All of the Stickley pieces at issue are designed in the "residential mission style[,] typically of oak or cherry, having sharp, angular, symmetrical lines creating an overall spartan look and appearance, both collectively and individually." Description of Trade Dress, 1. The most prominent feature of the Spindle pieces *fn9" is the presence of "centrally grouped equidistant spindles on the back rest and side[]" of each piece. The spindles are "inset perpendicular to the top and back rails." Id. "Gently curved corbels" support the arms of the armed pieces. The seat cushions are either "leather or a geometric print fabric" and may be inset or slip style. Id.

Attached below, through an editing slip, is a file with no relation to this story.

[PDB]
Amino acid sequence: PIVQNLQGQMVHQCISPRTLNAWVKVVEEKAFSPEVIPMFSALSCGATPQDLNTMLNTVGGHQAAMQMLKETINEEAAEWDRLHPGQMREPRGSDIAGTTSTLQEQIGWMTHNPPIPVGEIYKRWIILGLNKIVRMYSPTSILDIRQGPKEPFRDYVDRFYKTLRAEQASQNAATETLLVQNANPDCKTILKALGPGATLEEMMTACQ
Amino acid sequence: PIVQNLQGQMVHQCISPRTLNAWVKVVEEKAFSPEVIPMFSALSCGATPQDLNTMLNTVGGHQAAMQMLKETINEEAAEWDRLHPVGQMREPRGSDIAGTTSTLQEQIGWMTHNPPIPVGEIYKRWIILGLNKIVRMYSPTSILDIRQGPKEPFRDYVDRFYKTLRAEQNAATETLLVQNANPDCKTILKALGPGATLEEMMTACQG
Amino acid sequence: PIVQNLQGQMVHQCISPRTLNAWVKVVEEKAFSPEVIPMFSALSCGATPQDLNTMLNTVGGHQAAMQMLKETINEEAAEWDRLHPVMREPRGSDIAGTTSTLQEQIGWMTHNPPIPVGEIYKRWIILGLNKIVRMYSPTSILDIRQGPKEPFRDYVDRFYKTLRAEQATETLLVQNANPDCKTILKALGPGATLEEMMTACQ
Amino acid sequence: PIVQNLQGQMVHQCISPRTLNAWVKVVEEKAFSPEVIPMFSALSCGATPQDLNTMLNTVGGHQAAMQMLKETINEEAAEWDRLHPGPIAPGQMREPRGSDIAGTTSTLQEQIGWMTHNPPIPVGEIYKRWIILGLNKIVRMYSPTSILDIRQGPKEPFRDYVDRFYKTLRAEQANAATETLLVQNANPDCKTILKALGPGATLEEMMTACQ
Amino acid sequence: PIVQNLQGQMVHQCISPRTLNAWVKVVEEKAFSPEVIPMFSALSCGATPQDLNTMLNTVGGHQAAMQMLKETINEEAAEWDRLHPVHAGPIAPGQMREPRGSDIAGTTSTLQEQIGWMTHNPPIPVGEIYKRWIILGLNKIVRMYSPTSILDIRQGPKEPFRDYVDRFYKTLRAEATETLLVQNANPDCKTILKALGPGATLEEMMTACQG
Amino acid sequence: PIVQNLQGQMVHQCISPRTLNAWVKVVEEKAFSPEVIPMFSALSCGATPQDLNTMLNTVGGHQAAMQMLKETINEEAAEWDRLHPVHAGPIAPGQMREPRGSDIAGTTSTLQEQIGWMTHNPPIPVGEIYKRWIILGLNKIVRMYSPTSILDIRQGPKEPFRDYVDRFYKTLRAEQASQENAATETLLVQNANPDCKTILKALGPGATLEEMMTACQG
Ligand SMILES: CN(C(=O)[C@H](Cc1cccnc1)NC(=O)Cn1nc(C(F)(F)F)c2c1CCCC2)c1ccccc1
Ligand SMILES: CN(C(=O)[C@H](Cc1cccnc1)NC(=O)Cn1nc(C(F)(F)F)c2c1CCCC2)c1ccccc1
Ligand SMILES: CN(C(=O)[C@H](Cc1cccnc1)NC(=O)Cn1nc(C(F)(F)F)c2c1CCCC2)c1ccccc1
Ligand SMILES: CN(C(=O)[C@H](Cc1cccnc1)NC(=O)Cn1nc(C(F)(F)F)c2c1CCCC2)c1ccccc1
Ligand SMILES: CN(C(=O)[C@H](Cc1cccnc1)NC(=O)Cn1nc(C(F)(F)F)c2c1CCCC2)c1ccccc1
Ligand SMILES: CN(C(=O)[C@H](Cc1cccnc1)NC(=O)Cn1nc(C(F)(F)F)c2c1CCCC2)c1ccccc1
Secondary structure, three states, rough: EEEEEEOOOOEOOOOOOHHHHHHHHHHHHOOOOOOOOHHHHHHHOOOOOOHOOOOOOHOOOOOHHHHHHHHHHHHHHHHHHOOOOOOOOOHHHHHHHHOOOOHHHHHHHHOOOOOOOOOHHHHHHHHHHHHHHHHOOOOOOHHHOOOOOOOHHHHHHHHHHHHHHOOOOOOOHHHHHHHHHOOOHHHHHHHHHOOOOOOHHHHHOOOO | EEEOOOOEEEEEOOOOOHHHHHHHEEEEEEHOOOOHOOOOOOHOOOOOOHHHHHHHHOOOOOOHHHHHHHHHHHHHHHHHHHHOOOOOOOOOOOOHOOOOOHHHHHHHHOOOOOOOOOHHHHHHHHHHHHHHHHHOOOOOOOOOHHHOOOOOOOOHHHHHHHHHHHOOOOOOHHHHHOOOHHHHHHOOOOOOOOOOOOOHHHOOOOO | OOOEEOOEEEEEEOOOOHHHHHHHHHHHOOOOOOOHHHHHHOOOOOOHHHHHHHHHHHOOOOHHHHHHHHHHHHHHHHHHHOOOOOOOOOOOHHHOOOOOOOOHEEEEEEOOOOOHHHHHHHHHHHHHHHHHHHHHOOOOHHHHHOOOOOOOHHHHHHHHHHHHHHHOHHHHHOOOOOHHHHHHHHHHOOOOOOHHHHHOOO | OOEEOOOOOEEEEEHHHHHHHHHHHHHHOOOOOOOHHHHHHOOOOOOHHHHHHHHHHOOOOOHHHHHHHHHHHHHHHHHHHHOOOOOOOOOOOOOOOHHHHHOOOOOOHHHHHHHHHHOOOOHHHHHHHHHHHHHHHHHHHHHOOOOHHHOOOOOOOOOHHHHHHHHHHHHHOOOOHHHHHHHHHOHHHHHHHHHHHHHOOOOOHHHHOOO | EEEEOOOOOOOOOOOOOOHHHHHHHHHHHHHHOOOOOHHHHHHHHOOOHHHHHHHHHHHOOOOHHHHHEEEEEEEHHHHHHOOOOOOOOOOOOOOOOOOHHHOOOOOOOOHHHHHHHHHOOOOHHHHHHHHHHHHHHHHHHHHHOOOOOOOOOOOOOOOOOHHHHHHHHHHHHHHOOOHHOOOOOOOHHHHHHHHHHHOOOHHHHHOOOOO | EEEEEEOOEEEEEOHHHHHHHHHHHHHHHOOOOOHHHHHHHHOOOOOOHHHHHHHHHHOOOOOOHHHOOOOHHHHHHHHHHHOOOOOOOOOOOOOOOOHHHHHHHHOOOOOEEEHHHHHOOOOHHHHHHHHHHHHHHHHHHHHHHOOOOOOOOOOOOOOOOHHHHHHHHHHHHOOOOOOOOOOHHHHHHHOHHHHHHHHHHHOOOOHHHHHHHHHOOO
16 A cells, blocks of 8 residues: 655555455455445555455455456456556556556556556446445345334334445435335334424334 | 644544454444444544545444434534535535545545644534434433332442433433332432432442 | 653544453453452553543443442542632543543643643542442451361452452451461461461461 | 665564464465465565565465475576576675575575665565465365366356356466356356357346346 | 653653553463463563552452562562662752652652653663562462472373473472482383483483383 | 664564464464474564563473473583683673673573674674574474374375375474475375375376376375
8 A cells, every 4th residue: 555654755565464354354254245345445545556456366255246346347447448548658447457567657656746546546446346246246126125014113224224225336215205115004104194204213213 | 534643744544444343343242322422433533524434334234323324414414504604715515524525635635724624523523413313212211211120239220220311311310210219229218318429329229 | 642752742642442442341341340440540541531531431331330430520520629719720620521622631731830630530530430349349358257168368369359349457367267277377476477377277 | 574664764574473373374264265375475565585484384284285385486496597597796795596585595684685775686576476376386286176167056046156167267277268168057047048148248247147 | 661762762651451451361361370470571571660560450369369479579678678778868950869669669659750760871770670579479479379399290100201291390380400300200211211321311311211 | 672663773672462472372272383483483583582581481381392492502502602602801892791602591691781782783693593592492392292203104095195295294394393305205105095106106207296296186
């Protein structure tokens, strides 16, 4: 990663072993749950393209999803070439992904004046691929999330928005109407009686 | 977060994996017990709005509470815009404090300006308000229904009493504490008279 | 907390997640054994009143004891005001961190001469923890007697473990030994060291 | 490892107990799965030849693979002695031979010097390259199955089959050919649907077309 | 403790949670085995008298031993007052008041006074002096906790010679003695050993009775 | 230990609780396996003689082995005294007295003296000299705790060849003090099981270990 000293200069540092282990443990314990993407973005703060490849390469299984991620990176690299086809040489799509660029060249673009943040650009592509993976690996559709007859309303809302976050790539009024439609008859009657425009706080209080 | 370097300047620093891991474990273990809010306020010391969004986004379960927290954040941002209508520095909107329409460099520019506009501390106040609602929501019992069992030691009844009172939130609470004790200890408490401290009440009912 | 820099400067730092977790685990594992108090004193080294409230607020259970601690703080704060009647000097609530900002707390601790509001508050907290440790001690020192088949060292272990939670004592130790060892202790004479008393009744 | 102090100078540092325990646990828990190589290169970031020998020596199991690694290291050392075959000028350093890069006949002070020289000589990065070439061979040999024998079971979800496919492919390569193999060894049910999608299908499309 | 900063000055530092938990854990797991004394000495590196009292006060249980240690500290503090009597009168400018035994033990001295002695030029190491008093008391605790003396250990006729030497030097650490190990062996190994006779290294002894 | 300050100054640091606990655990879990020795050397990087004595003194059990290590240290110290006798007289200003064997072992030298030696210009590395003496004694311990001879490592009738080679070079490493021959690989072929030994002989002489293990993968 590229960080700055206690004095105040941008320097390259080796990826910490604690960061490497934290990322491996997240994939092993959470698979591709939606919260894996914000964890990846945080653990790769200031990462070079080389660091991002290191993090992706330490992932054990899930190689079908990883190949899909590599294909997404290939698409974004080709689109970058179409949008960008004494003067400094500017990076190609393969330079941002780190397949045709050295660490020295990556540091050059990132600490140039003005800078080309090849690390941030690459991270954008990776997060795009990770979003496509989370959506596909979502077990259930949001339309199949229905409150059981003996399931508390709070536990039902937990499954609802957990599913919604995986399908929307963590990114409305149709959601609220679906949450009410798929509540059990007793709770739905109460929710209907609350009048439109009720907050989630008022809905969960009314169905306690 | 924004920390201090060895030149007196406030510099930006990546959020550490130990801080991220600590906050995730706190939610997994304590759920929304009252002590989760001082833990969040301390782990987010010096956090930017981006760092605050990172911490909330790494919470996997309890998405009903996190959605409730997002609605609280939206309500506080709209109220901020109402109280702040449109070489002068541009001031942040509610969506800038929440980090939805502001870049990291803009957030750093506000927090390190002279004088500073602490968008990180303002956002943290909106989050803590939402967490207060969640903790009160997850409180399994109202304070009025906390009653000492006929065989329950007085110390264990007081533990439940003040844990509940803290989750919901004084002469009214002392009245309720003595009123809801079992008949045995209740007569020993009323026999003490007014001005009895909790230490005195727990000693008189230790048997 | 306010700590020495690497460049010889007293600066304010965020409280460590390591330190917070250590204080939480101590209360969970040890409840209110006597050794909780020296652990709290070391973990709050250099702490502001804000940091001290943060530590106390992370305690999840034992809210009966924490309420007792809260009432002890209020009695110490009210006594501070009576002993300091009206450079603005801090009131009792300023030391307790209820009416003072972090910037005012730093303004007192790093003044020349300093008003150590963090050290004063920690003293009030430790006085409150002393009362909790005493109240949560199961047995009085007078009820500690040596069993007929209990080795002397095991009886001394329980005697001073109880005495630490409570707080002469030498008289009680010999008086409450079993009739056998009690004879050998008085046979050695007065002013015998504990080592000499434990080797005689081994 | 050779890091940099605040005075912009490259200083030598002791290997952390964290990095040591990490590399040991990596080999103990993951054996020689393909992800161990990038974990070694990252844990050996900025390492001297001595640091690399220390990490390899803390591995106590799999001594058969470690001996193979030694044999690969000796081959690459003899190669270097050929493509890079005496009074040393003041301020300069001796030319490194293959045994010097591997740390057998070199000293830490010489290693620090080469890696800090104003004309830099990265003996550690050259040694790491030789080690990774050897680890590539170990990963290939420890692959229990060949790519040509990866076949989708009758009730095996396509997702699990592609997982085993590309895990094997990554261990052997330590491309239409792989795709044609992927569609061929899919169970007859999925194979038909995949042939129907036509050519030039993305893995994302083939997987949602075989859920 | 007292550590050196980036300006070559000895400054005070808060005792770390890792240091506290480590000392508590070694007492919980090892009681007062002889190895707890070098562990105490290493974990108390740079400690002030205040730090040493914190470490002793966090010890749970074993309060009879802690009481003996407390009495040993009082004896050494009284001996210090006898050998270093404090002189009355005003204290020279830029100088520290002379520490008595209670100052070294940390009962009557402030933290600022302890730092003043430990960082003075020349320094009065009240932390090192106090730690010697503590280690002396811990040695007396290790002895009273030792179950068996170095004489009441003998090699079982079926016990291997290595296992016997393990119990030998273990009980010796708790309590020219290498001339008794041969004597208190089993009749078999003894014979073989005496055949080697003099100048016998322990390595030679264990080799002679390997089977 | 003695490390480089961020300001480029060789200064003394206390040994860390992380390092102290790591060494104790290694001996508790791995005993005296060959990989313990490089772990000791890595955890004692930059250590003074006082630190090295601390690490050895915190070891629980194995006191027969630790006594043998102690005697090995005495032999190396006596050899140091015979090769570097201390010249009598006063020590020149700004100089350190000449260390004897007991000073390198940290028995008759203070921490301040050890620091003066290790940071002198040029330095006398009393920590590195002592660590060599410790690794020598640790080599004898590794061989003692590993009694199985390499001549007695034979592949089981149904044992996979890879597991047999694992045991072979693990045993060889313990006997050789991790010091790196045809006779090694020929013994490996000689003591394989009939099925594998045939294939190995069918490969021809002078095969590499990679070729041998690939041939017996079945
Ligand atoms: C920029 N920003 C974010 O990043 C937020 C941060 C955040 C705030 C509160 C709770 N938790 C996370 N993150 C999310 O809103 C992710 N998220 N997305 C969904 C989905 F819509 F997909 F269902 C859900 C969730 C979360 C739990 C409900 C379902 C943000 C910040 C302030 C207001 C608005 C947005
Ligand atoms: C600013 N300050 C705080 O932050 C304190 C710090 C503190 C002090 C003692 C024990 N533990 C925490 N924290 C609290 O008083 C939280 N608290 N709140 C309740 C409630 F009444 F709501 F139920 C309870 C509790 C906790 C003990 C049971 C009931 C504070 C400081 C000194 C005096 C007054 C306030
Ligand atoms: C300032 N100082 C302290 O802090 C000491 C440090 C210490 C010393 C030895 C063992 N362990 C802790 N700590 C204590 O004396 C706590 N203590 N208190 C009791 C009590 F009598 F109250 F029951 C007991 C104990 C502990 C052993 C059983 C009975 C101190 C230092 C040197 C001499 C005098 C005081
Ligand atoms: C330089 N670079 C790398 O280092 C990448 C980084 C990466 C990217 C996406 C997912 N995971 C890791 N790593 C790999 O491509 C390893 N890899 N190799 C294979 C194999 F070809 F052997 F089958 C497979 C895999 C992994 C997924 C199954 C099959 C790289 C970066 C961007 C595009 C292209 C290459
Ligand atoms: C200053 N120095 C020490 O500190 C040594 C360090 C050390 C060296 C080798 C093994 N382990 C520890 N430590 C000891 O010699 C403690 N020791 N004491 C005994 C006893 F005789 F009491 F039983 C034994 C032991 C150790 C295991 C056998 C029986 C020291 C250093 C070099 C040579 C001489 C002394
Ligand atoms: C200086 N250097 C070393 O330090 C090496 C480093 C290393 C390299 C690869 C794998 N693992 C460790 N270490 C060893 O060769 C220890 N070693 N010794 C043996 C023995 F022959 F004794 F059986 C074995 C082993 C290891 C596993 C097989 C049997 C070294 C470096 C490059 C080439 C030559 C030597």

The Harvey Ellis pieces *fn10" are marked by "[a] back rest having three centrally grouped vertical slats and three non-symmetrically spaced horizontal slats." The "vertical slats" are "inserted perpendicular and between the two lower horizontal slats." Id. Plaintiff also makes an "alternative embodiment whereby the vertical back slats are adorned with a contrasting wooden inlay . . ." Id.

 The "Prairie" Sideboard is an "elevated horizontal cabinet" including "a pair of opposed panelled doors with vertical slats." Id. Each door has a bell-shaped metal hardware pull attached to a rectangular metal plate on the door. The doors are "separated by three horizontally stacked drawers, the top two drawers essentially equal in height, the bottom drawer being substantially taller than the top two drawers." Id. Each drawer has two "symmetrically spaced . . . metal hardware pulls" that are slightly bowed. Id. There is also "a solid wooden continuous splash rail along the top back surface of the cabinet."

 A. Irreparable Harm/Likelihood of Success